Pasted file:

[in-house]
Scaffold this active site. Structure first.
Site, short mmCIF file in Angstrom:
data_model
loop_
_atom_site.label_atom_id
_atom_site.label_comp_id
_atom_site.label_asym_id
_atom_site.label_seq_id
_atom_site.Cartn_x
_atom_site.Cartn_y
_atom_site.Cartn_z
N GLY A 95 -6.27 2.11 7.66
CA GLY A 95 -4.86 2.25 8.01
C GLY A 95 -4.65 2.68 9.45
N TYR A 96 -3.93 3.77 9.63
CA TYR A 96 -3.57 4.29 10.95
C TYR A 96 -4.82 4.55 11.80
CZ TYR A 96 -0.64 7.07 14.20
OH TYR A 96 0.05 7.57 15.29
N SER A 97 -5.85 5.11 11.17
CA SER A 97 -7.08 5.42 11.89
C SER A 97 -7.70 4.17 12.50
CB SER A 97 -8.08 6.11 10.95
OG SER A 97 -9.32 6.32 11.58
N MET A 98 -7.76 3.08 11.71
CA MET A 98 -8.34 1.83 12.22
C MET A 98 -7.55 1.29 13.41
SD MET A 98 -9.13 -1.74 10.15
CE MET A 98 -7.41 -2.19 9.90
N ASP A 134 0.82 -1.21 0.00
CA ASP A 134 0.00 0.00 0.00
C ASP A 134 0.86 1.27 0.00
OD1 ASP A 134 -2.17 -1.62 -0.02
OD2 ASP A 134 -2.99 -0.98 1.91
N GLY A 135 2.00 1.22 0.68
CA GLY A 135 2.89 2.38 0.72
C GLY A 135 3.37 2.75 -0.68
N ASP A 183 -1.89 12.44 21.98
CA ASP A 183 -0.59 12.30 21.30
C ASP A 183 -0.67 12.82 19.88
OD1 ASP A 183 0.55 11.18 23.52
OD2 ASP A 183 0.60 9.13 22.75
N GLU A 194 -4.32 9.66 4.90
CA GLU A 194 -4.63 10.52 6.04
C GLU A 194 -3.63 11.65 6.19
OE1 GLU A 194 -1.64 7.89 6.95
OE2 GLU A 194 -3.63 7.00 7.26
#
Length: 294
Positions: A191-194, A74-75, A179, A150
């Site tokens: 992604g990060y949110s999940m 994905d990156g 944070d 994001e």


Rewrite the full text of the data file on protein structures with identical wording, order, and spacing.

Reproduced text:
[in-house]
Scaffold this active site. Structure first.
Site, short mmCIF file in Angstrom:
data_model
loop_
_atom_site.label_atom_id
_atom_site.label_comp_id
_atom_site.label_asym_id
_atom_site.label_seq_id
_atom_site.Cartn_x
_atom_site.Cartn_y
_atom_site.Cartn_z
N GLY A 95 -6.27 2.11 7.66
CA GLY A 95 -4.86 2.25 8.01
C GLY A 95 -4.65 2.68 9.45
N TYR A 96 -3.93 3.77 9.63
CA TYR A 96 -3.57 4.29 10.95
C TYR A 96 -4.82 4.55 11.80
CZ TYR A 96 -0.64 7.07 14.20
OH TYR A 96 0.05 7.57 15.29
N SER A 97 -5.85 5.11 11.17
CA SER A 97 -7.08 5.42 11.89
C SER A 97 -7.70 4.17 12.50
CB SER A 97 -8.08 6.11 10.95
OG SER A 97 -9.32 6.32 11.58
N MET A 98 -7.76 3.08 11.71
CA MET A 98 -8.34 1.83 12.22
C MET A 98 -7.55 1.29 13.41
SD MET A 98 -9.13 -1.74 10.15
CE MET A 98 -7.41 -2.19 9.90
N ASP A 134 0.82 -1.21 0.00
CA ASP A 134 0.00 0.00 0.00
C ASP A 134 0.86 1.27 0.00
OD1 ASP A 134 -2.17 -1.62 -0.02
OD2 ASP A 134 -2.99 -0.98 1.91
N GLY A 135 2.00 1.22 0.68
CA GLY A 135 2.89 2.38 0.72
C GLY A 135 3.37 2.75 -0.68
N ASP A 183 -1.89 12.44 21.98
CA ASP A 183 -0.59 12.30 21.30
C ASP A 183 -0.67 12.82 19.88
OD1 ASP A 183 0.55 11.18 23.52
OD2 ASP A 183 0.60 9.13 22.75
N GLU A 194 -4.32 9.66 4.90
CA GLU A 194 -4.63 10.52 6.04
C GLU A 194 -3.63 11.65 6.19
OE1 GLU A 194 -1.64 7.89 6.95
OE2 GLU A 194 -3.63 7.00 7.26
#
Length: 294
Positions: A191-194, A74-75, A179, A150
């Site tokens: 992604g990060y949110s999940m 994905d990156g 944070d 994001e």